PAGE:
Drinking and driving is a very serious offense. A lot of the time people think that if they get caught drinking and driving, they’ll simply be given a ticket. They’ll then pay that ticket and move on with their lives. That’s not the case whatsoever. A DUI is not like a speeding ticket. It’s a criminal offense. If convicted, a DUI charge may ruin your career and your future employment opportunities. They’re longlasting and very hard to remove from your record. In fact, a DUI in Ontario stays on your record forever. Even if you’re pardoned it won’t be erased, that section of your record will simply be closed. Meaning even though nobody can see it, your employers can see that you were pardoned for something serious. They may even ask you about it.
Drinking and driving have some severe consequences. If you’re convicted, you’ll be subject to a wide array of penalties and punishments. First of all, it’s very common for offenders to be charged thousands of dollars. Secondly, you’ll also most likely lose your license. Most of the time the license is actually taken away from you rather than just a temporary suspension. The only way to get it back is to go through the entire graduated licensing system all over again. In Canada, this means you have to go through your G1 testing, your G2 testing, and finally your full G. If you also have a truckers license, a motorcycle license, or even a boat license, you may lose those as well and have to do those tests all over again as well. The third common penalty is jail time. Jail time is usually reserved for those who cause damage and or bodily harm. If you seriously injure someone else while drinking and driving, be prepared for a quick conviction and a heavy jail time. If you kill someone, you may face 10 to 15 years in prison.
So now that we’ve terrified you, let’s get into what actually counts and drunk driving. In Canada, there are three ways to be charged. The first is being over the legal limit. What we mean by that is you need to keep your BAC below a certain number. BAC means Blood Alcohol Content, and essentially refers to the percentage of alcohol and the percentage of everything else in your bloodstream. In Canada, as a general rule of thumb for drivers 21 and over, you need to have less than 80 mg of alcohol in every 100 mL of blood. If you go over this threshold, you’ll be charged with a DUI. A lot of people ask how much you need to drink to get there, but unfortunately, there’s no exact way to tell. There are just too many factors involved. First of all, you need to take into account a person’s weight. The heavier a person is, the more likely they’ll be to remain under the level (considering they just have more body mass, and in succession, blood). You’ll also need to take into account their age, their gender (because studies have shown that men can actually drink more than women while under the limit), and metabolism, and so many more. Another thing you’ll need to take into account is how much the person ate beforehand. If you had a full meal, it’s likely you’ll need more alcohol to get drunk than if you had absolutely nothing to eat.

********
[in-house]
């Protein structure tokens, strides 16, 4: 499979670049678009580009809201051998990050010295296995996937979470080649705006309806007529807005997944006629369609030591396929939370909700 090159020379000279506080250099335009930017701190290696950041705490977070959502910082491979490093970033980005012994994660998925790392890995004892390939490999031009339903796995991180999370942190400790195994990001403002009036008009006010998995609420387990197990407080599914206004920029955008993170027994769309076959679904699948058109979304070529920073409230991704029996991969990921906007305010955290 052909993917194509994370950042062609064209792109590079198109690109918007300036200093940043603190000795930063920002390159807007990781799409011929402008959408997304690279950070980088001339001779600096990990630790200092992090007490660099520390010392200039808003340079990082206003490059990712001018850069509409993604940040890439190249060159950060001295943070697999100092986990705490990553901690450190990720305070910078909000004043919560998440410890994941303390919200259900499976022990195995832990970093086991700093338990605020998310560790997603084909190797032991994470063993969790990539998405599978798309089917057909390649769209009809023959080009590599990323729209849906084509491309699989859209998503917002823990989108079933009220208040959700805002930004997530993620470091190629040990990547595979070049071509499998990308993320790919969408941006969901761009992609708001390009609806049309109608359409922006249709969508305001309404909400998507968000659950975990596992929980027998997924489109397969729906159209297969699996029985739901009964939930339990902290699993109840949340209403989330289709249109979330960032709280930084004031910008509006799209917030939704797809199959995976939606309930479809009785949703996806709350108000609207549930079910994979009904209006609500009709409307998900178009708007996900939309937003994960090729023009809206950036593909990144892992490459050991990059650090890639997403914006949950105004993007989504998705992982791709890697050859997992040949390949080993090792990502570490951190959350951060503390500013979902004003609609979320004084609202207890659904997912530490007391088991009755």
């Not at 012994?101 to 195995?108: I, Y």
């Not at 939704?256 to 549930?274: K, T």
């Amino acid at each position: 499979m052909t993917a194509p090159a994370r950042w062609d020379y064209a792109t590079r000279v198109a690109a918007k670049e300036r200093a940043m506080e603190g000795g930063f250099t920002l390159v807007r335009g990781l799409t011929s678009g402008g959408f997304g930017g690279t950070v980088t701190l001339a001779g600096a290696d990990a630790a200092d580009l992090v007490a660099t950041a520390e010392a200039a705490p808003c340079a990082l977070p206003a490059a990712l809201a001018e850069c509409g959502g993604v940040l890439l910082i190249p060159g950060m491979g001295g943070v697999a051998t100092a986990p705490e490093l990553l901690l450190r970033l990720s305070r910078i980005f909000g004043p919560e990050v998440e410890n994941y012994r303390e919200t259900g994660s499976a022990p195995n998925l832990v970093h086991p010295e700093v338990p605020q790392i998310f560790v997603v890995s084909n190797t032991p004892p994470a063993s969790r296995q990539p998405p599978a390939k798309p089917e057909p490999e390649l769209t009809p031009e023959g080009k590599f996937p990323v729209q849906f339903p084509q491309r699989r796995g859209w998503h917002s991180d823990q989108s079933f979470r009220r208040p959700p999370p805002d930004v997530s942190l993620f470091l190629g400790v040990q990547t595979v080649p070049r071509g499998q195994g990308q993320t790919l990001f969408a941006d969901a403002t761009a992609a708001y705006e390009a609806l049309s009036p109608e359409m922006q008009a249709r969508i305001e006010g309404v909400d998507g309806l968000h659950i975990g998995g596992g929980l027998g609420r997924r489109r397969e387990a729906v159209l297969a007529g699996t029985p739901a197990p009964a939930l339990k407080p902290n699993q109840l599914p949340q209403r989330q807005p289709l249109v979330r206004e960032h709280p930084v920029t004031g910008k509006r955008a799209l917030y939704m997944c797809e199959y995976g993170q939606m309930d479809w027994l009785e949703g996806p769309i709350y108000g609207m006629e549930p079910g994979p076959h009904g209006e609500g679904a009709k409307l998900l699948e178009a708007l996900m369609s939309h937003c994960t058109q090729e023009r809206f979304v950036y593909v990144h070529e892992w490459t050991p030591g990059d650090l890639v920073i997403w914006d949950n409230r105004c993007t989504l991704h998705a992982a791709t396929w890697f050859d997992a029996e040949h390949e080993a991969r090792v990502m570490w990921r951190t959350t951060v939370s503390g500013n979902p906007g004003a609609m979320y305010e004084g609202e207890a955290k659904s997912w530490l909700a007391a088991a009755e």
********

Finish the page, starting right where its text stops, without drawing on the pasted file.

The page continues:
The second way to be charged with drinking and driving is to be unable to drive safely and effectively. This is basically a sobriety test. This means you can be under the legal limit, and still, get charged. For example, if you drink one glass of wine, are super tipsy, and get behind the wheel, you can be charged. In order to be charged an officer will make you do a roadside sobriety test. They’ll check things like your reaction time, your ability to walk in a straight line, your instincts, and more. If you fail this test, you’ll be charged with a DUI.
Now let’s talk about the specific consequences. If you are a first time offender, the charge will go on your record permanently if convicted. You’ll also be given a steep fine, and may even have your license temporarily revoked. Usually, you won’t have to redo the graduated licensing system, but in some cases, you will. Do keep in mind that if you harm someone or cause property damage (whether city or privately owned) these penalties go upwards. If you are a repeat offender, you will almost certainly have your license revoked. You’ll be forced to pay steep fines, and you will most likely be given jail time. The amount of time behind bars varies between 30 and 120 days for repeat offenders. Again, if you do severe damage or cause injury and/or death, the time goes upwards into the year range and onwards.
A lot of people ask us what it’s like to actually get caught drinking and driving. When caught, it’s likely the police officer on the scene will do a breathalyzer test on you. If their device is unavailable they’ll make you do a roadside sobriety test. Do keep in mind that if you refuse either of these tests, you will be charged immediately. If you are found to be above the legal BAC limit, or unfit to drive a vehicle through the roadside sobriety test, you will be taken to the nearest police station. In this station, you will be taken through a variety of more official tests. Once these tests are done, you will be charged with a DUI. You will then have the option to fight it in court. If you are not convicted, you will walk free. If convicted, you’ll be subject to the harsh penalties as described above.